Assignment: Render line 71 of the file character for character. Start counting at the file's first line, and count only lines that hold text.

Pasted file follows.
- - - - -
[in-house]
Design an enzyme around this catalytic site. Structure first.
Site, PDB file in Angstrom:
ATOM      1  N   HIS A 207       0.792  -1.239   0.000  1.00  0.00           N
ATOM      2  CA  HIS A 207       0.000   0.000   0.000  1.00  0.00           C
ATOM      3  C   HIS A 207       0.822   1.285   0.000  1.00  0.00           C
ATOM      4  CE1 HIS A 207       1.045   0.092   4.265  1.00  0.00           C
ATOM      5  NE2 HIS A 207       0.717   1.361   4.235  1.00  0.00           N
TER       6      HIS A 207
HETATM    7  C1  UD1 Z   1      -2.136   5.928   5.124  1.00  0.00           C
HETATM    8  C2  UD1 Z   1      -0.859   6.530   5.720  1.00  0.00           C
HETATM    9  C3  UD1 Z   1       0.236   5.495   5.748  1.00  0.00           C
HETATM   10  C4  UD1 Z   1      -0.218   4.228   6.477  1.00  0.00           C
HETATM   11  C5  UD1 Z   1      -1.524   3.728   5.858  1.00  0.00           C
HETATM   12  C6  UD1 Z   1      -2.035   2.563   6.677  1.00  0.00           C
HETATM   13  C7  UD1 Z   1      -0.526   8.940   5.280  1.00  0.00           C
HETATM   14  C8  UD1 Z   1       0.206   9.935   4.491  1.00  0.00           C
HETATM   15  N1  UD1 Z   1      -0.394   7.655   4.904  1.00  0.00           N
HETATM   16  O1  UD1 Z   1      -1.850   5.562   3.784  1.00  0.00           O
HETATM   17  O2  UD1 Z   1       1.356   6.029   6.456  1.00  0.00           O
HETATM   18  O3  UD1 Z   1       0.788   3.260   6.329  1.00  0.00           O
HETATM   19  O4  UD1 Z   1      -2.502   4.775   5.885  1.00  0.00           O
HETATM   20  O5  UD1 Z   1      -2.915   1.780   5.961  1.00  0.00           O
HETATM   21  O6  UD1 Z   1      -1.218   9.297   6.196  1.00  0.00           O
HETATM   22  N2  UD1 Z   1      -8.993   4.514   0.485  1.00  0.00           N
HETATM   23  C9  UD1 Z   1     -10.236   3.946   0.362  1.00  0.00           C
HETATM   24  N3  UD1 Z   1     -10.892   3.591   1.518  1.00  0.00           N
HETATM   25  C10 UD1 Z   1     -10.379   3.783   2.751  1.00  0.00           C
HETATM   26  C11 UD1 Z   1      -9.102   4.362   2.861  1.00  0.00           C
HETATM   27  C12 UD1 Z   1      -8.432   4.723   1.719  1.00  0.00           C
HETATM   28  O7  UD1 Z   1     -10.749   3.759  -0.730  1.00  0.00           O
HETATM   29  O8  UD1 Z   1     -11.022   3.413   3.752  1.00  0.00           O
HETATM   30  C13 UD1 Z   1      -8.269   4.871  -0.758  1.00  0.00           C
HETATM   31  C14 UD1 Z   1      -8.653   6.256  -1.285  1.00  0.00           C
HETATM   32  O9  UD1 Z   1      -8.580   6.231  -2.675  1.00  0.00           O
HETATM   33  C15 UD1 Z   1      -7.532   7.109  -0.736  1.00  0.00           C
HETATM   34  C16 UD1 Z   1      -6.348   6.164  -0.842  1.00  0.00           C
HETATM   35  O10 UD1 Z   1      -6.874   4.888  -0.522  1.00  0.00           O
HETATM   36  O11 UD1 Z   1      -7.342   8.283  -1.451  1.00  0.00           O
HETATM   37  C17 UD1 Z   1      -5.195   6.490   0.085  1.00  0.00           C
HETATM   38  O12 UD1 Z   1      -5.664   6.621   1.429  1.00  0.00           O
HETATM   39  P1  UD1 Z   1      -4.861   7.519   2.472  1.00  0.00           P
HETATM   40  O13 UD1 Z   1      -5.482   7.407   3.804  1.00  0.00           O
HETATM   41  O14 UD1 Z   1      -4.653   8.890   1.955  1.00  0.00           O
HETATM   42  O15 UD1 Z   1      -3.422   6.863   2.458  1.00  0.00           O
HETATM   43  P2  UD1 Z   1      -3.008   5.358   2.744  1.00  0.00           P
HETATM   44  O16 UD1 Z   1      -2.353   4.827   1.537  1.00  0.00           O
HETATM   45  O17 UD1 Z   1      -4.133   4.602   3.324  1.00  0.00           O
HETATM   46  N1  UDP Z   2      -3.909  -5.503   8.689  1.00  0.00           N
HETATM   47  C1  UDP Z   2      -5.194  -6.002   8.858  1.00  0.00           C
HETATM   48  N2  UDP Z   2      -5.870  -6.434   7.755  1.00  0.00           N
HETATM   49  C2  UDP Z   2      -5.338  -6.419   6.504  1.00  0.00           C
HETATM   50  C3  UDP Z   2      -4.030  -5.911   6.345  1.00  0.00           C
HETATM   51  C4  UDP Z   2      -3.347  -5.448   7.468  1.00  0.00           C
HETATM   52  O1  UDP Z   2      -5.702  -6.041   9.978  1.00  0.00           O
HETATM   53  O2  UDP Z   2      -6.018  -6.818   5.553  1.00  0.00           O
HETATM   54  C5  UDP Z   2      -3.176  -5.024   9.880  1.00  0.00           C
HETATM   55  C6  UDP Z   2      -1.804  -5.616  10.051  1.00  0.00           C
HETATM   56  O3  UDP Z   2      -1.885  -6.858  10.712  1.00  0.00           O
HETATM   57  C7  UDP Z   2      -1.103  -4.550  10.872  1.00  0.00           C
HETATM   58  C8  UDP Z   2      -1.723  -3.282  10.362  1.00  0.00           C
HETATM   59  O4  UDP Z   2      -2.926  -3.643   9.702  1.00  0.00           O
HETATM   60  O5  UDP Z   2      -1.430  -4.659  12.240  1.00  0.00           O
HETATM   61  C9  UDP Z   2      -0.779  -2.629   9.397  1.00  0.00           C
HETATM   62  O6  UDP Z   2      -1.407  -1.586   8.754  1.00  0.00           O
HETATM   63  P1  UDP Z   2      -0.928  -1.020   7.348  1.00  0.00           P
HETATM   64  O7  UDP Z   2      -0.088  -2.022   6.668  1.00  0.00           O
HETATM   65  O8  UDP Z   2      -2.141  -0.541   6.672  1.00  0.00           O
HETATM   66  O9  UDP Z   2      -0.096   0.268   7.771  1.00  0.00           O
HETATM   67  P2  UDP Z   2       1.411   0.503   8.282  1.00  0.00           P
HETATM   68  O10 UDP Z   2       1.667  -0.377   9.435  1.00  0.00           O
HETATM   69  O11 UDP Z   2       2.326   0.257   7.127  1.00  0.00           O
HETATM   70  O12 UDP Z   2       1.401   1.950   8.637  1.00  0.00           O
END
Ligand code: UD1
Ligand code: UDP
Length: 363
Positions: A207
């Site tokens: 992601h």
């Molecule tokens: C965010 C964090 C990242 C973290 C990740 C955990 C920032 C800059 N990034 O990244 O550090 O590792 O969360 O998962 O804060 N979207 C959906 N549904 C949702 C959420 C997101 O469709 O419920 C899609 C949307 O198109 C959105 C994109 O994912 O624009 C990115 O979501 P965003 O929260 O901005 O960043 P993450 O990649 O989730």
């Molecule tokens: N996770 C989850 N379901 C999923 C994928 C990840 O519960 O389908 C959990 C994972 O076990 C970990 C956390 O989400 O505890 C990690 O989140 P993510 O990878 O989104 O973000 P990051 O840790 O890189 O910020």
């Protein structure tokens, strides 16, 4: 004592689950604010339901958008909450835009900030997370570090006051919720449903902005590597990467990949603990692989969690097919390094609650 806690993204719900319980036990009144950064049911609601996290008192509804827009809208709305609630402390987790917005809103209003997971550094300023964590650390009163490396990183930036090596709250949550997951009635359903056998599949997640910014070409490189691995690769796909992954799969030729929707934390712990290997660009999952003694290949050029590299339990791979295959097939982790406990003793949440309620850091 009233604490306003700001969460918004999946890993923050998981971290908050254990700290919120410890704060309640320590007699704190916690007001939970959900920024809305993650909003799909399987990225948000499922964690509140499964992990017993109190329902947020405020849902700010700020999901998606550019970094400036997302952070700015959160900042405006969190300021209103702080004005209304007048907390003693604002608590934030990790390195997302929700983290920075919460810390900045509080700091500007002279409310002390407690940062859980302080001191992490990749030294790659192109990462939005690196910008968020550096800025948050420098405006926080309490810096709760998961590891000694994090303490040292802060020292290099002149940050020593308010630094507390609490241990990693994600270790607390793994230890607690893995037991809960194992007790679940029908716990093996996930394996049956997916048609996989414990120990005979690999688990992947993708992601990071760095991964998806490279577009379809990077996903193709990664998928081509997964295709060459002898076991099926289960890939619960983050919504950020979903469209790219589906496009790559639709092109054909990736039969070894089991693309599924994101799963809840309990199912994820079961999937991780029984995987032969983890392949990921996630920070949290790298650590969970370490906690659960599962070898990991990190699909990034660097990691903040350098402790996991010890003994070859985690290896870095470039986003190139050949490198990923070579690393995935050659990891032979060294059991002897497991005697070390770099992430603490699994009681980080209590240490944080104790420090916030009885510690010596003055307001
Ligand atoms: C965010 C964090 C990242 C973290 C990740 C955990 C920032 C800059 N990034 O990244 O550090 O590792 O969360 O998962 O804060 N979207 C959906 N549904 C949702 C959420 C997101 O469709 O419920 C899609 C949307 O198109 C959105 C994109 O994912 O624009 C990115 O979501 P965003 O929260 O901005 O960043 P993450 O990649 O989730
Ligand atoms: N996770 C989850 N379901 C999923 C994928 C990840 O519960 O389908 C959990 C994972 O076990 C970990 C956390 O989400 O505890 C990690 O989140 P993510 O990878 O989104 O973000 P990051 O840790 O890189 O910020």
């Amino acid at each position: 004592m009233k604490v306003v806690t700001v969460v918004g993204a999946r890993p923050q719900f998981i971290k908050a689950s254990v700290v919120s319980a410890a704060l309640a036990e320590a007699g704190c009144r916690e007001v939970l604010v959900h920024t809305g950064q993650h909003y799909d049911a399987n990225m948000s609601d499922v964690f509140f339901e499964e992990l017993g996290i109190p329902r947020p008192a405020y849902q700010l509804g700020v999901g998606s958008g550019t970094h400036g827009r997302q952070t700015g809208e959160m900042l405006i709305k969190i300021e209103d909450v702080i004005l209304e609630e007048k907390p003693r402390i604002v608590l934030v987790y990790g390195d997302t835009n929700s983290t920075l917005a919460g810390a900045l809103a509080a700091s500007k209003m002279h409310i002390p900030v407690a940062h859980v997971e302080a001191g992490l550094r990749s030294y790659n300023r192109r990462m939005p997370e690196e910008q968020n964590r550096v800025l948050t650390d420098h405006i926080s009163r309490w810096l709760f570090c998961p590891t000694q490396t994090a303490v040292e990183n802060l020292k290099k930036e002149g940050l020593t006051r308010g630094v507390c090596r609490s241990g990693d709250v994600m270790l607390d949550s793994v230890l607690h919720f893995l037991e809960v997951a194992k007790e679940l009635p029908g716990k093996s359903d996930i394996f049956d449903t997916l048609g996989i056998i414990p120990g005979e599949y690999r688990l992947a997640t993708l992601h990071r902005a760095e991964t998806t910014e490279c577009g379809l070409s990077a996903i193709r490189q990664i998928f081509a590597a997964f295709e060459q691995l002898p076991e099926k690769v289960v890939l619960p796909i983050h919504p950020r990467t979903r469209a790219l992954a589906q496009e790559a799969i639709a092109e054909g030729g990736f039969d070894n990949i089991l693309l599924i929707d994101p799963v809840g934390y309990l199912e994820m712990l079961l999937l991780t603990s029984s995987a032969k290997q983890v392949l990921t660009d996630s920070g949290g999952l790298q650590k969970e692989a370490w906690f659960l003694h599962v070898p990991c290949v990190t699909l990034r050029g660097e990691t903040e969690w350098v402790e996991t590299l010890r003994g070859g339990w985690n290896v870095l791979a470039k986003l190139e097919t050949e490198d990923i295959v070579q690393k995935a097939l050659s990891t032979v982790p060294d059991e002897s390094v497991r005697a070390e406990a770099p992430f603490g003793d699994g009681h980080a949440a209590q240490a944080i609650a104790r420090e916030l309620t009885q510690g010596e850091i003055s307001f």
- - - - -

HETATM   68  O10 UDP Z   2       1.667  -0.377   9.435  1.00  0.00           O